She broke off. She still could not trust her voice about her mother.

"Palmer's arm is going to be quite straight. Dr. Ed is so proud of Max

over it. It was a bad fracture."

He had been waiting for that. Once at least, whenever they were together,

she brought Max into the conversation. She was quite unconscious of it.

"You and Max are great friends. I knew you would like him. He is

interesting, don't you think?"

"Very," said K.

To save his life, he could not put any warmth into his voice. He would be

fair. It was not in human nature to expect more of him.


"Those long talks you have, shut in your room--what in the world do you

talk about? Politics?"


She was a little jealous of those evenings, when she sat alone, or when

Harriet, sitting with her, made sketches under the lamp to the

accompaniment of a steady hum of masculine voices from across the hall.

Not that she was ignored, of course. Max came in always, before he went,

and, leaning over the back of a chair, would inform her of the absolute

blankness of life in the hospital without her.

"I go every day because I must," he would assure her gayly; "but, I tell

you, the snap is gone out of it. When there was a chance that every cap

was YOUR cap, the mere progress along a corridor became thrilling." He had

a foreign trick of throwing out his hands, with a little shrug of the

shoulders. "Cui bono?" he said--which, being translated, means: "What the

devil's the use!"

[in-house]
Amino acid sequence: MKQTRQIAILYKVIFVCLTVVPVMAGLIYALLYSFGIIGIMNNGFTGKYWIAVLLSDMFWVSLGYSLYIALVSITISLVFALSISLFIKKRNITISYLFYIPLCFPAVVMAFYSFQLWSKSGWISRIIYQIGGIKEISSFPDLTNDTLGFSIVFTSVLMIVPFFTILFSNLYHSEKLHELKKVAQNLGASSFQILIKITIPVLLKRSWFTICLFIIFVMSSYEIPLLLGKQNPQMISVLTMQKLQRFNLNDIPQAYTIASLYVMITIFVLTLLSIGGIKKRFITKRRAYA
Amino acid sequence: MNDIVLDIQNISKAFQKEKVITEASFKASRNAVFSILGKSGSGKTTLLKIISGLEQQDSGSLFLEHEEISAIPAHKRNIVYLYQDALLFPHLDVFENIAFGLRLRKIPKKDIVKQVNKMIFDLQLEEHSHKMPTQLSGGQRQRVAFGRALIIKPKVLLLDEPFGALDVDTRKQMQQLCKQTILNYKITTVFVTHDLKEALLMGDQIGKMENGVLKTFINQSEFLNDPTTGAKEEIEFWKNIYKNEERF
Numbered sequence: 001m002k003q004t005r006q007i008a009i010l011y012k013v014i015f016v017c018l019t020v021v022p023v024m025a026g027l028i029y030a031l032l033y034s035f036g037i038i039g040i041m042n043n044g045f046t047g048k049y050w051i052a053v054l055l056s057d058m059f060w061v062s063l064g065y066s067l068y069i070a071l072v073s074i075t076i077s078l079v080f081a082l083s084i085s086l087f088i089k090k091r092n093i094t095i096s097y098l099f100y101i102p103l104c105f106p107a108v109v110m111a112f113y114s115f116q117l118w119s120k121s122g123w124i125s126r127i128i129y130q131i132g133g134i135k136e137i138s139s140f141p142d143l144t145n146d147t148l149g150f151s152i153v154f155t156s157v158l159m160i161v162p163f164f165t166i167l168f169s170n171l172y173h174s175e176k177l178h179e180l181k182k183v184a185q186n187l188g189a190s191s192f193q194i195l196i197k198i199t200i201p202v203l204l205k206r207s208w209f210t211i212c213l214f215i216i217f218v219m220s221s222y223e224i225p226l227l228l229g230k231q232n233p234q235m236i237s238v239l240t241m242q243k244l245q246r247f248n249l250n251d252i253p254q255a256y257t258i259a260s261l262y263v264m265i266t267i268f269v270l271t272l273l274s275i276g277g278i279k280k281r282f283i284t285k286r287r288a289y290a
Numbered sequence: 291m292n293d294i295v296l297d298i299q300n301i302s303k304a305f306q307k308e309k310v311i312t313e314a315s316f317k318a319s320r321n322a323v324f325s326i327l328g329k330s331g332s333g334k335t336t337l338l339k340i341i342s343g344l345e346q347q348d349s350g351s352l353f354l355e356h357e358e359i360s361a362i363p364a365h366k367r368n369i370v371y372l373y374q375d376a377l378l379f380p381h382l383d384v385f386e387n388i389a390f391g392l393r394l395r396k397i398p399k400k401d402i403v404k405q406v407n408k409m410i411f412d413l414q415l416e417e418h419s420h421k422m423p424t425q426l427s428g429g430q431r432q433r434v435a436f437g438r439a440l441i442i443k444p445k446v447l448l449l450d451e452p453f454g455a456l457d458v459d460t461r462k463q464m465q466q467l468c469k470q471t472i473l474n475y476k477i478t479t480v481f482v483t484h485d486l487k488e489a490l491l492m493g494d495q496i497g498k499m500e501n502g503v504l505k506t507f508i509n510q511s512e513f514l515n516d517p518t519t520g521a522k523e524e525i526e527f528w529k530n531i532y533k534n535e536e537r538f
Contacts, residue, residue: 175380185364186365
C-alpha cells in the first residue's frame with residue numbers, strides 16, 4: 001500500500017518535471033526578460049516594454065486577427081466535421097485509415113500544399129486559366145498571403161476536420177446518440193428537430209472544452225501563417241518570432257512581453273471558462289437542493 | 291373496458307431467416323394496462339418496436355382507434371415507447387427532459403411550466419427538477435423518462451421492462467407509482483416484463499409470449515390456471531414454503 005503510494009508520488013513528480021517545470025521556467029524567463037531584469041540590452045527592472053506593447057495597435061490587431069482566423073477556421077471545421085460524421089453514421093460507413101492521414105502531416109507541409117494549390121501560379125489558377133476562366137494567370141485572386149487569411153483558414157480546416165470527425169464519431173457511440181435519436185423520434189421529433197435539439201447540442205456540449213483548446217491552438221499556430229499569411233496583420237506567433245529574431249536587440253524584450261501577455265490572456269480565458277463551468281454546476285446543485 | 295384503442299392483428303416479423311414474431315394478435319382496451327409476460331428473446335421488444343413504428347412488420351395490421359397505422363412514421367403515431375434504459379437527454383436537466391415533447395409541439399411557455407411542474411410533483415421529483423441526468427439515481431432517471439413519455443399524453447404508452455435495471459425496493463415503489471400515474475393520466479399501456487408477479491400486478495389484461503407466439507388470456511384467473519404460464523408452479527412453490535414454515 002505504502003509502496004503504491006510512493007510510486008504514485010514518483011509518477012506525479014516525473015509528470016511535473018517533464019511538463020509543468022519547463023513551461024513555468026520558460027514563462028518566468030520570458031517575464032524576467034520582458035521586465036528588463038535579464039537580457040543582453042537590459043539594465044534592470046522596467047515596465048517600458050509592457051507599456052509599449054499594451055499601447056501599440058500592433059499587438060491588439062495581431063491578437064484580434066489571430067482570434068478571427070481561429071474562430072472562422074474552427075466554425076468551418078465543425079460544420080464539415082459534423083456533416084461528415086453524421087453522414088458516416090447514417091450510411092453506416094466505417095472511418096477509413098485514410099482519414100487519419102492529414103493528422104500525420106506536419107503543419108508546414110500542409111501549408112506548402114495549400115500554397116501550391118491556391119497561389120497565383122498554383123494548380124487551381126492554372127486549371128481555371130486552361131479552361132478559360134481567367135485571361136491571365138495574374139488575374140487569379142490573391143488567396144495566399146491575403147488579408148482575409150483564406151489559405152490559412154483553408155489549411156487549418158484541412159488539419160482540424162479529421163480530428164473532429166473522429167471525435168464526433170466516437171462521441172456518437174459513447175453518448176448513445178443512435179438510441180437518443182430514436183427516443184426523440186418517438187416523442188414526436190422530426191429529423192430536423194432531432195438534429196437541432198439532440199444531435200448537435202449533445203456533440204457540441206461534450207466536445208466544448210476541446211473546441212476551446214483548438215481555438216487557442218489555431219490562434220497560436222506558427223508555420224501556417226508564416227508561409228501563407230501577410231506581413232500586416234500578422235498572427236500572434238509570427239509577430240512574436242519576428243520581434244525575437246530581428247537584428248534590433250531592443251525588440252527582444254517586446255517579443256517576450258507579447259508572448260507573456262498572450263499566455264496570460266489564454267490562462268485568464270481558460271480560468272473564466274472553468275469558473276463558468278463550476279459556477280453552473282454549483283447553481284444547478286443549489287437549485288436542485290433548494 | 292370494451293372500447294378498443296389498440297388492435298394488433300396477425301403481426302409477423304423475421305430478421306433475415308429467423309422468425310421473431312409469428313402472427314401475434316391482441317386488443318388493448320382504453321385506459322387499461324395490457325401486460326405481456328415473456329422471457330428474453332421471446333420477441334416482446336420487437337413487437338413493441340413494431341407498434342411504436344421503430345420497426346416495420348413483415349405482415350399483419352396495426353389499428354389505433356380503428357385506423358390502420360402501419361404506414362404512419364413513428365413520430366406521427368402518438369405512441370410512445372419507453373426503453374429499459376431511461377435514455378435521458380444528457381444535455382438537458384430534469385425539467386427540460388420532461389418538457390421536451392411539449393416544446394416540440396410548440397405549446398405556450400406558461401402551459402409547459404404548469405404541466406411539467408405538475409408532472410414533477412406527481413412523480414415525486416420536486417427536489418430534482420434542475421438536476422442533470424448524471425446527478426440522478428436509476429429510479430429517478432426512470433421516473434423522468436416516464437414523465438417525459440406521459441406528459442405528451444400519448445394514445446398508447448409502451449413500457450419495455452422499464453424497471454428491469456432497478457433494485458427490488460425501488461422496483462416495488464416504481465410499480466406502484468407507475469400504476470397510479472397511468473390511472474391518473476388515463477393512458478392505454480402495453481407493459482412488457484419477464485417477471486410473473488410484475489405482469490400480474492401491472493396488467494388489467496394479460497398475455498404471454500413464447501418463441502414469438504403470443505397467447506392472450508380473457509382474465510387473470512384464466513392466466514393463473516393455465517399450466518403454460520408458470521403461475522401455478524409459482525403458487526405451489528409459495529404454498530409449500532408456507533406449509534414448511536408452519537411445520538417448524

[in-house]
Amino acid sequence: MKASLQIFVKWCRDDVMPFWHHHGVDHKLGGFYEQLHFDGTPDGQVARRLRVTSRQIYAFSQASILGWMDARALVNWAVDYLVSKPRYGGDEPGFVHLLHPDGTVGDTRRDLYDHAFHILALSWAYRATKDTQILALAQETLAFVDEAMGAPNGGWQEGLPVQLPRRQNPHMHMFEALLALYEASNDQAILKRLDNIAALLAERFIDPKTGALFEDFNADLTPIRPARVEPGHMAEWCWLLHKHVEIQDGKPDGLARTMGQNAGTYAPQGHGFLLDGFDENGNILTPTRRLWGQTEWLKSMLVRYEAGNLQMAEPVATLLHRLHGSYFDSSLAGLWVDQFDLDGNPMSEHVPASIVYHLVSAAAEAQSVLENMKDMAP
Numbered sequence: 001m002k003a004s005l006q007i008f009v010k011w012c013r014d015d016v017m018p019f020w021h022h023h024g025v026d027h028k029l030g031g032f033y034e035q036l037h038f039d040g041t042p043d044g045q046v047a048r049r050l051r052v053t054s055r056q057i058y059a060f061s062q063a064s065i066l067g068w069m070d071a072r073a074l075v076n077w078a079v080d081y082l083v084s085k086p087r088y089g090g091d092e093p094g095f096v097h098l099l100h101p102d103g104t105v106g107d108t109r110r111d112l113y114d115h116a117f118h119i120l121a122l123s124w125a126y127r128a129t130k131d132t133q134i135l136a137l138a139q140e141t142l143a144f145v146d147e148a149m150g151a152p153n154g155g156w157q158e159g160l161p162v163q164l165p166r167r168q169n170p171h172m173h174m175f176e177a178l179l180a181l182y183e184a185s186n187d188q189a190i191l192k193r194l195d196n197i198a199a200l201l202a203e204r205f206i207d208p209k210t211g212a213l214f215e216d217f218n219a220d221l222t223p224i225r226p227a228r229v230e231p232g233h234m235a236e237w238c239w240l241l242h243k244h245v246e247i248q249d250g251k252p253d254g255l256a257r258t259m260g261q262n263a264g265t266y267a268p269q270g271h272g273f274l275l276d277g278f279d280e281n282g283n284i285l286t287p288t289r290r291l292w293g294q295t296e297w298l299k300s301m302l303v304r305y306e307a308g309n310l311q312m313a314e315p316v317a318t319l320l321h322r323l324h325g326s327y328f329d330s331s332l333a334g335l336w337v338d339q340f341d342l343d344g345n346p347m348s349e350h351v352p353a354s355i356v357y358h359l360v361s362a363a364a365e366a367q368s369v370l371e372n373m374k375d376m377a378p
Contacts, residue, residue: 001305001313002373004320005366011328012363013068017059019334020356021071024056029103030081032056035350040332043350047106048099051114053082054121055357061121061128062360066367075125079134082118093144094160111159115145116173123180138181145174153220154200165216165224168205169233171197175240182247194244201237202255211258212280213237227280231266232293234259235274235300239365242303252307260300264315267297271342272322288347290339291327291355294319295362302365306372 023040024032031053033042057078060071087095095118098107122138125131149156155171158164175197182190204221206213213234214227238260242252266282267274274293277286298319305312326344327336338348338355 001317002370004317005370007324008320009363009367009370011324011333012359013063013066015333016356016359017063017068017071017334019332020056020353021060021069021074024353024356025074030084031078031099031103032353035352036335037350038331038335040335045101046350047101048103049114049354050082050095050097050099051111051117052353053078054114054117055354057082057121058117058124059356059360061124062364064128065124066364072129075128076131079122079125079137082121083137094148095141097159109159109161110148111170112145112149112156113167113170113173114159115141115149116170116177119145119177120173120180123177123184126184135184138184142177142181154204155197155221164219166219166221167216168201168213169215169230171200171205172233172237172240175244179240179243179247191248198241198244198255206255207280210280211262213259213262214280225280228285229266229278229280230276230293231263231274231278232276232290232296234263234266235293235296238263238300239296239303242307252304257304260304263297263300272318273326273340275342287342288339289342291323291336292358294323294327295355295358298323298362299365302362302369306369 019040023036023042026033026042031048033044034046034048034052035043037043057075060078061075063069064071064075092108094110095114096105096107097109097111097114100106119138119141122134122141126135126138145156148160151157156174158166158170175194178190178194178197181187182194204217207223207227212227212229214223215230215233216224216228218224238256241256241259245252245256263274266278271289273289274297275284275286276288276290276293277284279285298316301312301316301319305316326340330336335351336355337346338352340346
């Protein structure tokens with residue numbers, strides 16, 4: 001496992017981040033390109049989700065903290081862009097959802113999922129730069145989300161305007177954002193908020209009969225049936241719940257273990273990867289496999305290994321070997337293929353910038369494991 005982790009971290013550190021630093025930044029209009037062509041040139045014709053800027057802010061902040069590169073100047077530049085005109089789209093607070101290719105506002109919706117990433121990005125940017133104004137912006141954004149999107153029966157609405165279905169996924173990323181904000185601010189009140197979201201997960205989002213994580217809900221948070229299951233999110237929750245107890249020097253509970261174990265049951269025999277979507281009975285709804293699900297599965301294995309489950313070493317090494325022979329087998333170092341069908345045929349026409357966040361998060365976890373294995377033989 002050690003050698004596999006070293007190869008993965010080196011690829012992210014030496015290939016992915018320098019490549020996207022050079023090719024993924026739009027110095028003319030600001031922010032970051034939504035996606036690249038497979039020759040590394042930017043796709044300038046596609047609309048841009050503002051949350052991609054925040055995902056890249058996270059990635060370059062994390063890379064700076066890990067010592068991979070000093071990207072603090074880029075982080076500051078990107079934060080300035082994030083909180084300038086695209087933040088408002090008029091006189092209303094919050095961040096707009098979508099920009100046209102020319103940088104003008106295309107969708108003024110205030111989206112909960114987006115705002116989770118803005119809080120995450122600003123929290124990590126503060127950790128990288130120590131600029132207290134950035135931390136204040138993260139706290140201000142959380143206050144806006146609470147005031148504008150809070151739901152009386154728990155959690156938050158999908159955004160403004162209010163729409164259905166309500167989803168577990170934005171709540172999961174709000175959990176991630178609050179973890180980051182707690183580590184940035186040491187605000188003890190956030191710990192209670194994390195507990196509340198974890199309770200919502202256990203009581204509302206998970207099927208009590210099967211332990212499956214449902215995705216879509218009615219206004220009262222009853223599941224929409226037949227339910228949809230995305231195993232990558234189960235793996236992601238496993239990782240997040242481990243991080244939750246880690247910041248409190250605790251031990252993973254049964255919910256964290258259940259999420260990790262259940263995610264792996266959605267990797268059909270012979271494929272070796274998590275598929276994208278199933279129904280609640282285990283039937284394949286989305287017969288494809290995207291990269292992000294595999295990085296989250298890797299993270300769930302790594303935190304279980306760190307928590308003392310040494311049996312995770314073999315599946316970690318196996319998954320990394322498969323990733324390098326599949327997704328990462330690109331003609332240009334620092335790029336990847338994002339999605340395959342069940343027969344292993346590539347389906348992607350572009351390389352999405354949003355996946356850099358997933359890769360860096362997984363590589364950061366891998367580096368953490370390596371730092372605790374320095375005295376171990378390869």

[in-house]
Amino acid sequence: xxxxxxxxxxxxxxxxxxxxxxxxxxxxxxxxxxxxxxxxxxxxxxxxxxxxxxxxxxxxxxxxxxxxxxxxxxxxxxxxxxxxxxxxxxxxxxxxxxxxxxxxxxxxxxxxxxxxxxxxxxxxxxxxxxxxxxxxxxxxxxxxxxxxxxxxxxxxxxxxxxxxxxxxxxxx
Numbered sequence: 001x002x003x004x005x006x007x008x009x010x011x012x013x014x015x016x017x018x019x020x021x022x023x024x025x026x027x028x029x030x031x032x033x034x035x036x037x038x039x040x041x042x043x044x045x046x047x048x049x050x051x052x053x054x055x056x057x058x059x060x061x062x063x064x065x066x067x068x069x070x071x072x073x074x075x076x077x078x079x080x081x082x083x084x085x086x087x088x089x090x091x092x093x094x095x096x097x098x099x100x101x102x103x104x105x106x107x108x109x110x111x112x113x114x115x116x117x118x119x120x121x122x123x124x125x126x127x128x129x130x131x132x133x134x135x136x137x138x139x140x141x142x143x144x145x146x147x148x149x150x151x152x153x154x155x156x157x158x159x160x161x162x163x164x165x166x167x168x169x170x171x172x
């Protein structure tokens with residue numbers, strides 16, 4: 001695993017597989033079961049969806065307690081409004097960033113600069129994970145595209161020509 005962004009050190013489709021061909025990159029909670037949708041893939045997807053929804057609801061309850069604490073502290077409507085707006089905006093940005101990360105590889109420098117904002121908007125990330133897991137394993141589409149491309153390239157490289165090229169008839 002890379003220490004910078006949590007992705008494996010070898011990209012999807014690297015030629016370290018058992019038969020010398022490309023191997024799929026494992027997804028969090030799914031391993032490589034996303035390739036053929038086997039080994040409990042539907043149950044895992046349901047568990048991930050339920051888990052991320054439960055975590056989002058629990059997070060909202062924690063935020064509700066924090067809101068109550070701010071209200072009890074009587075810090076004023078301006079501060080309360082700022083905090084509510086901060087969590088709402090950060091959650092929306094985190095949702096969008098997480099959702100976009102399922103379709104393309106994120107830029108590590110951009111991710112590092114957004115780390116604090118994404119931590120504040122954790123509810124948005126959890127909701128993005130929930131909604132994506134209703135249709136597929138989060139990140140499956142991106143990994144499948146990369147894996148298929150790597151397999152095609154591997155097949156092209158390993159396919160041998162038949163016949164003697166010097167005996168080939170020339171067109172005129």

And K. would stand in the doorway, quietly smoking, or go back to his room

and lock away in his trunk the great German books on surgery with which he

and Max had been working out a case.

So K. sat by the dining-room table and listened to her talk of Max that

last evening together.

"I told Mrs. Rosenfeld to-day not to be too much discouraged about Johnny.

I had seen Dr. Max do such wonderful things. Now that you are such

friends,"--she eyed him wistfully,--"perhaps some day you will come to one

of his operations. Even if you didn't understand exactly, I know it would

thrill you. And--I'd like you to see me in my uniform, K. You never


She grew a little sad as the evening went on. She was going to miss K.

very much. While she was ill she had watched the clock for the time to

listen for him. She knew the way he slammed the front door. Palmer never

slammed the door. She knew too that, just after a bang that threatened the

very glass in the transom, K. would come to the foot of the stairs and

call:-"Ahoy, there!"

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